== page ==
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4 May / June 2021


CZE: Ultrafast Charge Variant Analysis for Next-Generation Antibody Therapeutics


by Andras Guttman, Senior Staff Scientist, SCIEX, Brea, CA 92821


Next-generation antibodies such as multi-specifics, bi-specific T-cell engagers, peptibodies and nanobodies while offering greater therapeutic potential are more complex and diverse than traditional monoclonal antibodies. These new entities present significant analytical challenges, including the need to distinguish numerous structural and charge heterogeneities. Capillary zone electrophoresis enables the rapid separation of charge variants with only minor structural differences.


Value and Challenges of Next-Generation Antibodies


Development of new monoclonal antibody (mAb) drugs continues apace, but their limitations - monospecific binding sites and large size - has led researchers to explore next-generation antibody-based therapeutics that overcome these issues. Bi-specific and multi-specific mAbs, bi-specific T-cell engagers, peptibodies and nanobodies fulfill the requirements as some of them have multiple recognition sites, use only specific fragments of conventional antibodies thus providing greater in vivo stability, access to more targets and greater efficacy via multiple target binding.


Some of these next-generation antibodies are similar to but more complex than immunoglobulin (IgG)-like mAbs with multiple Fab regions and one Fc region, such as bi- and tri-specific antibodies. Fusion proteins (single-chain variable fragments or scFvs), nanobodies, bispecific T-cell engagers (BiTEs), bi- and tri-specific killer-cell engagers (BiKes/ TriKEs), and antibody fragments (Fab, F(ab)2) are non-IgG-like because they do not include an Fc region. The greater complexity of these next generation mAbs creates significant analytical challenges. Because they contain more components, numerous different but structurally similar variants are produced (see Figure 1), many of which may have the potential to impact safety and efficacy. These variants may arise as the result of deamidation, methionine oxidation, C-terminal lysine addition, N-terminal pyroglutamate formation and glycosylation, among other mechanisms [1-3].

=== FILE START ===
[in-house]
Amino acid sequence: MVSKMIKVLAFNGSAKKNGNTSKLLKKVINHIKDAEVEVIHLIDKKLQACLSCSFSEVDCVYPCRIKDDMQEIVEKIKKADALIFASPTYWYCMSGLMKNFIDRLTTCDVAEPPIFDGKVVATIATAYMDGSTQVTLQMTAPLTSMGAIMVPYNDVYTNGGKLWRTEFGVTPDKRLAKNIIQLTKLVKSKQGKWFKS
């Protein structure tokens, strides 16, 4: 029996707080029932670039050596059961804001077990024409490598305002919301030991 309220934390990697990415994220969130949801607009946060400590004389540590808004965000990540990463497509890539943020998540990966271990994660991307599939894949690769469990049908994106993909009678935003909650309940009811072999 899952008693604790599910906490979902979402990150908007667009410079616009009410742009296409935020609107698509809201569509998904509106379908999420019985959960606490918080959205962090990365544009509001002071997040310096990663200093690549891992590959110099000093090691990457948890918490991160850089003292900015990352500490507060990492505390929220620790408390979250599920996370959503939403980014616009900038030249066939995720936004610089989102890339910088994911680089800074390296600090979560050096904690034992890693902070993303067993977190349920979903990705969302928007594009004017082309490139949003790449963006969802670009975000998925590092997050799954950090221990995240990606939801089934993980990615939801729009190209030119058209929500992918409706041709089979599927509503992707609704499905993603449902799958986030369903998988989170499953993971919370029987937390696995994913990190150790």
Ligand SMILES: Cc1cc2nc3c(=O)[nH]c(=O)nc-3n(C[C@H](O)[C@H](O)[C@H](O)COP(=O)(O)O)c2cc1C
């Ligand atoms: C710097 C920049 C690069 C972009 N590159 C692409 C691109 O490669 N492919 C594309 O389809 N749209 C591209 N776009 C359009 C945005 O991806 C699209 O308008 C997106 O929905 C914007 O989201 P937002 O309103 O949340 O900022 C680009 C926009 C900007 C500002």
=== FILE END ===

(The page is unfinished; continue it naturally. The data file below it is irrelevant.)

Importance of Charge Heterogeneity Analysis


Charge heterogeneity analysis of next- generation antibodies is consequently of importance during product development, production, stability and release testing [4]. Analysis of charge variants is also important


Figure 2: CZE Mode of Separation (left panel) and its efficiency compared to HPLC (right panel).


Figure 1: PTMs and Degradation Hotspots of Therapeutic Immunoglobulin Molecules (IgG) are Important Quality Attributes.


during forced degradation studies for quality assessment [1]. Given that as more than a dozen variants can be generated in any one batch, only perhaps two of which will be therapeutically relevant, it is essential that any method for charge heterogeneity analysis be not only high resolution, but also rapid, accurate and reproducible. Traditional methods for protein charge variant analysis include ion exchange chromatography [5] and various forms of isoelectric focusing [6,7]. However, both chromatographic and IEF methods are relatively slow, requiring up to 1 hour of analysis time.


Advantages of Capillary Zone Electrophoresis


Capillary zone electrophoresis (CZE) has been used for charge heterogeneity analysis


of protein therapeutics for more than a decade [8]. CZE operates by an entirely different mode of action than HPLC, i.e., separating analytes strictly based on the differential electromigration of the sample components based on their hydrodynamic volume to charge ratio (Figure 2, left panel).


With its non-laminar plug type flow profile, the analytes travel into narrow zones, and with no use of a stationary phase (e.g., no carryover), this method can be readily optimised for high-resolution separation of both large and small molecules with a wide range of chemical and physical properties (hydrophilic, hydrophobic, polar, non-polar, and charged) In fact, CZE offers plate numbers approximately several dozen times greater than that of high- performance liquid chromatography (HPLC) (Figure 2, right panel). In addition, CZE


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